Materials and methods

Biomass data

To compile the global aggregate body size biomass spectrum among biological groups defined by habitat and taxonomy, we used global biomass (gigatons [Gt] in carbon content) assessments and minimum, median, and maximum body sizes (grams [g] in carbon content) within groups (Tables 24). We started with the most comprehensive existing synthesis of global biomass estimates, which incorporate uncertainties within and between multiple studies [30]. We followed the biological grouping in Bar-On’s database [30], which is not at a consistent taxonomic level but instead reflect the highest resolution at which a biomass estimate is available and comparable to other groups. Bar-On et al. drew from hundreds of studies that reported either biomass per sampled area or global extrapolations. The biomass per sampled area data was extrapolated by Bar-On et al. to the global scale based on the spatial distribution of environmental variables such as temperature and habitat type (akin to species distribution models but at a higher taxonomic level). The best estimates were obtained from the geometric mean of multiple data sources within group, and within- and between-study uncertainties were propagated (S4 Fig; see Bar-On et al.’s supplementary). We recognize that estimates of mean biomass and uncertainty can likely be improved for all groups, but this is not the main goal of our paper. Instead, we complemented Bar-On’s database only when biological groups with potentially high biomass were missing or clearly outdated, including cryptogamic phototrophs [109], hard corals [88,110], mangroves [59], and subterranean prokaryotes [96,111]. We placed mangroves in the marine realm because they live in coastal salt water, support a high diversity of marine fish, and are considered an integral part of blue carbon accounting [58,59,116]. Details for these new estimates are described in the footnotes of Tables 24. For some biological groups, new and potentially relevant data has appeared after Bar-On’s publication. However, these studies cataloged only biomass by species without assessing their contributions to overall group biomass (e.g., bird [117] and mammals [118]), did not directly address present-day biomass (e.g., fish [119]), or were nearly identical to Bar-On’s original estimates (e.g., terrestrial plants [108]). We included the plant woody material and coral skeleton produced by a living individual as part of biomass in our primary analysis, as was done in a previous global biomass synthesis [30]. This approach is consistent with the idea that all biomass regardless of metabolic status contributes to ecosystem functioning, though we also explored removing this biomass for sensitivity analyses and for future investigations.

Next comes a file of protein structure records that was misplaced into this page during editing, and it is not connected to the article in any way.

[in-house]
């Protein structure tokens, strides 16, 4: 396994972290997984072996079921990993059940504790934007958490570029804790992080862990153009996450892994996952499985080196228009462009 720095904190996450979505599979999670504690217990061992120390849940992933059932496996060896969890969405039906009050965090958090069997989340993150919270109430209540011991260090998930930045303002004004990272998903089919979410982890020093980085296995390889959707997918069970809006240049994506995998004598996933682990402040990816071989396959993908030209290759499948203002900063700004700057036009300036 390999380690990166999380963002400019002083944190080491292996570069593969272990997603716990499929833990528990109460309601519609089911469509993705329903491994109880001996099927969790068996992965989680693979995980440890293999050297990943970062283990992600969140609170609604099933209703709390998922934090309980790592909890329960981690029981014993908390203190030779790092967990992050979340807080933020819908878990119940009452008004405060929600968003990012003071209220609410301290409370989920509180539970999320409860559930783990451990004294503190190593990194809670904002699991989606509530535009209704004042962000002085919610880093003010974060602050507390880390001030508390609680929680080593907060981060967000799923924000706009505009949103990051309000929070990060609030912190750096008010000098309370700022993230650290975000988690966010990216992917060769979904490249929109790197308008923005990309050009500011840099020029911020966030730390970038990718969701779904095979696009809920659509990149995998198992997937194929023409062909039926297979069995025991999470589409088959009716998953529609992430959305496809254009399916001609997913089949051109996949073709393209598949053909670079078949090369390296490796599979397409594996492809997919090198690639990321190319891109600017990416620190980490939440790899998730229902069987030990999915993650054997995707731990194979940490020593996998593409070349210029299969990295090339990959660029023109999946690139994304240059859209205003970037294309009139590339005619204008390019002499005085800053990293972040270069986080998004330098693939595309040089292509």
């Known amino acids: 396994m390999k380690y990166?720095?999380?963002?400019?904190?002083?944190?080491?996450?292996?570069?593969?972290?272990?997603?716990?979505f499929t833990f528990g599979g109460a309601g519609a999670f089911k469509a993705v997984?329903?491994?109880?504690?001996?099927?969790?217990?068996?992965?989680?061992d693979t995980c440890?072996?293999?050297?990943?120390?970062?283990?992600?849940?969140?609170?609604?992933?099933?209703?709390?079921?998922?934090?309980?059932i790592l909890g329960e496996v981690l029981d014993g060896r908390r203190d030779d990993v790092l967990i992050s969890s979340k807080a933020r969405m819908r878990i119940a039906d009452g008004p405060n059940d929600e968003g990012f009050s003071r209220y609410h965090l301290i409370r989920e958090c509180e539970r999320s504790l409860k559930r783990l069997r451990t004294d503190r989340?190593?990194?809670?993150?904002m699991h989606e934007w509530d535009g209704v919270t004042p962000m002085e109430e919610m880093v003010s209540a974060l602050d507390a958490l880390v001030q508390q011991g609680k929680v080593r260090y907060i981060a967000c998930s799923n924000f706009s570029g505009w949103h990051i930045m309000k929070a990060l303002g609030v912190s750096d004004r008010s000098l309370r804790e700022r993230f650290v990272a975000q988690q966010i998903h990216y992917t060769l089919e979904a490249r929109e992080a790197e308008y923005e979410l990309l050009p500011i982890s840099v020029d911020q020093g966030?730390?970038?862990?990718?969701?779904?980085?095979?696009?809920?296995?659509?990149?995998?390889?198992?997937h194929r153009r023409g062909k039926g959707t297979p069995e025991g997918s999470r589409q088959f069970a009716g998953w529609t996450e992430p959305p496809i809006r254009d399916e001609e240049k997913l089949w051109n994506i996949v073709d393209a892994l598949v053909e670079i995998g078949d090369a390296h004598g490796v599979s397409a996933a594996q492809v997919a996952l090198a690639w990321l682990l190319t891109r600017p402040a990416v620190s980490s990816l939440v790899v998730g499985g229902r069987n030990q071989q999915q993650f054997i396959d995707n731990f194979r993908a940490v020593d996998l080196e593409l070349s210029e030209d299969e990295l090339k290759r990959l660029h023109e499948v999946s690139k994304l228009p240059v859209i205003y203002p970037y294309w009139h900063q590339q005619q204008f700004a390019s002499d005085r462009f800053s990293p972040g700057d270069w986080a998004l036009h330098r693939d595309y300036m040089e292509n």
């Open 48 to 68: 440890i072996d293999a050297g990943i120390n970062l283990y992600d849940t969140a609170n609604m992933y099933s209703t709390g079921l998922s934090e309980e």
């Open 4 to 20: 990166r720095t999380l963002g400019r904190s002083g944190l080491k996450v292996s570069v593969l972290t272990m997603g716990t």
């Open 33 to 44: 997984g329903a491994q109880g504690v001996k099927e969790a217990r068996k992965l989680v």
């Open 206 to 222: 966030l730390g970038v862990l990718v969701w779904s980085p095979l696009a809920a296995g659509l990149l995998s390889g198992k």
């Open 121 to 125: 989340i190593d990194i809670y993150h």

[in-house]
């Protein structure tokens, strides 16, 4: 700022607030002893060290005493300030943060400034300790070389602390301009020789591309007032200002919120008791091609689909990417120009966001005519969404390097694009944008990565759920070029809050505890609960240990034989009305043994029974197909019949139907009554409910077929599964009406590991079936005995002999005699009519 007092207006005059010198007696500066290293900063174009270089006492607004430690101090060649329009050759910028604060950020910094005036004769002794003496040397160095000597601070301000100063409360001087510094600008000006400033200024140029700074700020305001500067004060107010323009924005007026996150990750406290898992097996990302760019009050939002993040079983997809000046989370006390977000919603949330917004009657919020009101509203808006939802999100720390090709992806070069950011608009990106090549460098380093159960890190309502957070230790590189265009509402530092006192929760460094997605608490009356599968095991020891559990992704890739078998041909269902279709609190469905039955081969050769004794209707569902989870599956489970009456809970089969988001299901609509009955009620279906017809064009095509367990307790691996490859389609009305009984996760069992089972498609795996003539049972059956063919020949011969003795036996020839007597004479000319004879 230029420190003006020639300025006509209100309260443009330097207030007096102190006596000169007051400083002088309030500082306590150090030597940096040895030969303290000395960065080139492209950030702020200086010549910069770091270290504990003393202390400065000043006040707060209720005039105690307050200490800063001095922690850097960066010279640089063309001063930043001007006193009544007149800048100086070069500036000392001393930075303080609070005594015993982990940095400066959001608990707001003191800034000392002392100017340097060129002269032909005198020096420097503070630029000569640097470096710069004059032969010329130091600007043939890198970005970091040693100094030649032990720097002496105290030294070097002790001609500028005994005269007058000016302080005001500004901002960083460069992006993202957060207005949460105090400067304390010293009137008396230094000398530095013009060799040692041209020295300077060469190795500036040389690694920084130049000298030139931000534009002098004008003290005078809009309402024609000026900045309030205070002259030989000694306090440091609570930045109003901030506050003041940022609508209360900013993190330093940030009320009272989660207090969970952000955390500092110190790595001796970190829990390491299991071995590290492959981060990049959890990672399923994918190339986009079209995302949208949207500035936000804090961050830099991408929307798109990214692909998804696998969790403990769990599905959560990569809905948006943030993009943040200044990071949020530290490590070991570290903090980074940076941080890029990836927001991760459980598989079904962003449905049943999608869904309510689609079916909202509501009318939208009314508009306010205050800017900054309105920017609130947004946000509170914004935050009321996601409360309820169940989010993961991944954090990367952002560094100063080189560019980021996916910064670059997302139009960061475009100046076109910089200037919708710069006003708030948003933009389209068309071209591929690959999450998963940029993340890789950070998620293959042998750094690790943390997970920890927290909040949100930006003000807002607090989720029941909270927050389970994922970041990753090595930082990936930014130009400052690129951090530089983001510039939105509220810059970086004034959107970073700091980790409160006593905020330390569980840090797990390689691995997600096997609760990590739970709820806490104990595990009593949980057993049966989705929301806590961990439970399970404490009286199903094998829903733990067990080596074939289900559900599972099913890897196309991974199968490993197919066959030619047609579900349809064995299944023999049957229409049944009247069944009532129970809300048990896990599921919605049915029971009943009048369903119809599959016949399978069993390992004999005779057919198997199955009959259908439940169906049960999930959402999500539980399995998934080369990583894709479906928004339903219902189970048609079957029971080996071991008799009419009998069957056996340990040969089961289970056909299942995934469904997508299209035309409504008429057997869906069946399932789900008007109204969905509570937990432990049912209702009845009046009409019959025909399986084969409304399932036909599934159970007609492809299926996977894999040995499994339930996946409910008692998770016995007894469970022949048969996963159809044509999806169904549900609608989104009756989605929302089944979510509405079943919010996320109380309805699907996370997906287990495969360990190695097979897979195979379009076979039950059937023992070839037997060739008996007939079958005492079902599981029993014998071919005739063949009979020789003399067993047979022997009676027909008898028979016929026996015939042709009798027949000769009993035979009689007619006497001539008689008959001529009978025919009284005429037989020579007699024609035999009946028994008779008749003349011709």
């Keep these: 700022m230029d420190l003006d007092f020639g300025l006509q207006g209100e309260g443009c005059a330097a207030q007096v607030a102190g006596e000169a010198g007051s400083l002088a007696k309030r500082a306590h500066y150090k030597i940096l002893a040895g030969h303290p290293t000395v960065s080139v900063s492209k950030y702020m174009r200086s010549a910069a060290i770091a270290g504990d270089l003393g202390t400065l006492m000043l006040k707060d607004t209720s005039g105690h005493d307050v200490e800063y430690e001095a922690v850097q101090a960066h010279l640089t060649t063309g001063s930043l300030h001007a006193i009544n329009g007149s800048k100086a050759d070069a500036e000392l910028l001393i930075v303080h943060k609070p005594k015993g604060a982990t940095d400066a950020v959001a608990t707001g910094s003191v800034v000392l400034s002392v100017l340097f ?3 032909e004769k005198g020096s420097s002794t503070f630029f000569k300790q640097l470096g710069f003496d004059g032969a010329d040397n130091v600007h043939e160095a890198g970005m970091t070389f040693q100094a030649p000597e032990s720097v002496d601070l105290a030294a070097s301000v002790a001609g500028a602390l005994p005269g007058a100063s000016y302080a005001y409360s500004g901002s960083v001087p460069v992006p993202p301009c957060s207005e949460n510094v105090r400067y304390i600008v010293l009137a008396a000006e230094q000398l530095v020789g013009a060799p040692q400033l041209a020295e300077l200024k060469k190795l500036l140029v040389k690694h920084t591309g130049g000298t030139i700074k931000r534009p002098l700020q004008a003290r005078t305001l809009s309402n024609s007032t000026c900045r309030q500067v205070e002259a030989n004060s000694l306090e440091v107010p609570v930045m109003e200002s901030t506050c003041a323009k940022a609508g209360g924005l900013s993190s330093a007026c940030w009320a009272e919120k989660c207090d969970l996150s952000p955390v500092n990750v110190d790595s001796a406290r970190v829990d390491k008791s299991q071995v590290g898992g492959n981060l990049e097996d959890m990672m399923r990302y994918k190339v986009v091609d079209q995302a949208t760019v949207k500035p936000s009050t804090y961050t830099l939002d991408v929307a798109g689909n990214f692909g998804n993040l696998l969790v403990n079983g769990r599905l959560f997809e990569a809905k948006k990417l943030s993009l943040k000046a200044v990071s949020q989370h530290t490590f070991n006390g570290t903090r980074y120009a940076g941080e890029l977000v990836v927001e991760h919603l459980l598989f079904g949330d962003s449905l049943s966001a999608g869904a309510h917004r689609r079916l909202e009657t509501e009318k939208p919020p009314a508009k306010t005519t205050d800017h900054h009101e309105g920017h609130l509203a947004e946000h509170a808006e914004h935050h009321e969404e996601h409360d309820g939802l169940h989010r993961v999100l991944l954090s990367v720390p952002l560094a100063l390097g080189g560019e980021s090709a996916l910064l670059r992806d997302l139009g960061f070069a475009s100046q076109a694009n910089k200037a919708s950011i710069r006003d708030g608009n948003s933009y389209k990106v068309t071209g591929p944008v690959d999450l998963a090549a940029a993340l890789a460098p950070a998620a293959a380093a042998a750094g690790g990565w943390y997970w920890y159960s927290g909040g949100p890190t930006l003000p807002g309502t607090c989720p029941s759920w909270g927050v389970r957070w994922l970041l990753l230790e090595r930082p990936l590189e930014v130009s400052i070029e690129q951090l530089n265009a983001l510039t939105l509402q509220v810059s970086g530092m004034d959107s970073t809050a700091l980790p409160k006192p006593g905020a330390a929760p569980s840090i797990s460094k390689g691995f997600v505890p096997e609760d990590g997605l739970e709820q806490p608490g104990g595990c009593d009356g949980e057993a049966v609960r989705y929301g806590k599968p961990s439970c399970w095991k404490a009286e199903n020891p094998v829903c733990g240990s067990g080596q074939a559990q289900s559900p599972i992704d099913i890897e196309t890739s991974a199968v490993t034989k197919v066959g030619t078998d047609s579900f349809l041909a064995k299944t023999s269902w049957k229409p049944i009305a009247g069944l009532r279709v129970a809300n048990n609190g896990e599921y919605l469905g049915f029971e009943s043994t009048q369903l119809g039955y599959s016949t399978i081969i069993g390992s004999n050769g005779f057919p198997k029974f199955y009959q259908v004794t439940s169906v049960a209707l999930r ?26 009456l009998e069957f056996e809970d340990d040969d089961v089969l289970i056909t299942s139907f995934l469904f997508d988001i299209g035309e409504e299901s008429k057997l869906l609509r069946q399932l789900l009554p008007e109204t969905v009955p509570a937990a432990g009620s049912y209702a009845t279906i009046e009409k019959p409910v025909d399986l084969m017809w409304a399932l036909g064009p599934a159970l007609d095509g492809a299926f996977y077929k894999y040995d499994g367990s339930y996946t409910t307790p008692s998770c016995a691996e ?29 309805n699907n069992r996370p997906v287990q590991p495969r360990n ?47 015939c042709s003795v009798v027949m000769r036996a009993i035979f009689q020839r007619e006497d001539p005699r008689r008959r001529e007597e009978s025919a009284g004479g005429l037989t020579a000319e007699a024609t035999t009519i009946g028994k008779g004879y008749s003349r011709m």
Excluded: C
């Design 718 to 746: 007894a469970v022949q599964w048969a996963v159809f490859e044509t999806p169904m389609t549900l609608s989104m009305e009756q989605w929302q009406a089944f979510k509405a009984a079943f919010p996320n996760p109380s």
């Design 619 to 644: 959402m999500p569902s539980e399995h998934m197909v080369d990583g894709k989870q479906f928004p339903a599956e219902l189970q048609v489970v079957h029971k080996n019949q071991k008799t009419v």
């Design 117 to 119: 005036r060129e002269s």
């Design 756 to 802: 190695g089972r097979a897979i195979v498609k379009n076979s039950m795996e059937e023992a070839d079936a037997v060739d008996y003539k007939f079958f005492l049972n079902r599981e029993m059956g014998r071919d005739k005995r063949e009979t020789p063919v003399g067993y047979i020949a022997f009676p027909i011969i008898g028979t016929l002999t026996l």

Body size data